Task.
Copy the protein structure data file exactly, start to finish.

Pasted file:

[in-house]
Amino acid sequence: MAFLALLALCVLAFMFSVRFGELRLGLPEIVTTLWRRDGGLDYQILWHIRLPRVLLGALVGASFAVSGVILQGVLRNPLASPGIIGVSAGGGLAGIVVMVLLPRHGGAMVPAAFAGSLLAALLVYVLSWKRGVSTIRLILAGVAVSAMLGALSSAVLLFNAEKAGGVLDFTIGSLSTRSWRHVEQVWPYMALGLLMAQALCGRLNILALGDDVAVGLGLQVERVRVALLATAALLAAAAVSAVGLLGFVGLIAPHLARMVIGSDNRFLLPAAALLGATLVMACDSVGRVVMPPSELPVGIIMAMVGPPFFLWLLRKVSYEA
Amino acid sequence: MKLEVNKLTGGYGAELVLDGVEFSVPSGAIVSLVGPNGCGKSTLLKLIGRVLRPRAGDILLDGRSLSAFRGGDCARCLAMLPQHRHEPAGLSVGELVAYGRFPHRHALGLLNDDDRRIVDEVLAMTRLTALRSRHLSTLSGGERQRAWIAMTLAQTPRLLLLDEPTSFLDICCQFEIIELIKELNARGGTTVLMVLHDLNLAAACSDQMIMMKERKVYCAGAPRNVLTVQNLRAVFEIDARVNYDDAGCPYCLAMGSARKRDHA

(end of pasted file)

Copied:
[in-house]
Amino acid sequence: MAFLALLALCVLAFMFSVRFGELRLGLPEIVTTLWRRDGGLDYQILWHIRLPRVLLGALVGASFAVSGVILQGVLRNPLASPGIIGVSAGGGLAGIVVMVLLPRHGGAMVPAAFAGSLLAALLVYVLSWKRGVSTIRLILAGVAVSAMLGALSSAVLLFNAEKAGGVLDFTIGSLSTRSWRHVEQVWPYMALGLLMAQALCGRLNILALGDDVAVGLGLQVERVRVALLATAALLAAAAVSAVGLLGFVGLIAPHLARMVIGSDNRFLLPAAALLGATLVMACDSVGRVVMPPSELPVGIIMAMVGPPFFLWLLRKVSYEA
Amino acid sequence: MKLEVNKLTGGYGAELVLDGVEFSVPSGAIVSLVGPNGCGKSTLLKLIGRVLRPRAGDILLDGRSLSAFRGGDCARCLAMLPQHRHEPAGLSVGELVAYGRFPHRHALGLLNDDDRRIVDEVLAMTRLTALRSRHLSTLSGGERQRAWIAMTLAQTPRLLLLDEPTSFLDICCQFEIIELIKELNARGGTTVLMVLHDLNLAAACSDQMIMMKERKVYCAGAPRNVLTVQNLRAVFEIDARVNYDDAGCPYCLAMGSARKRDHA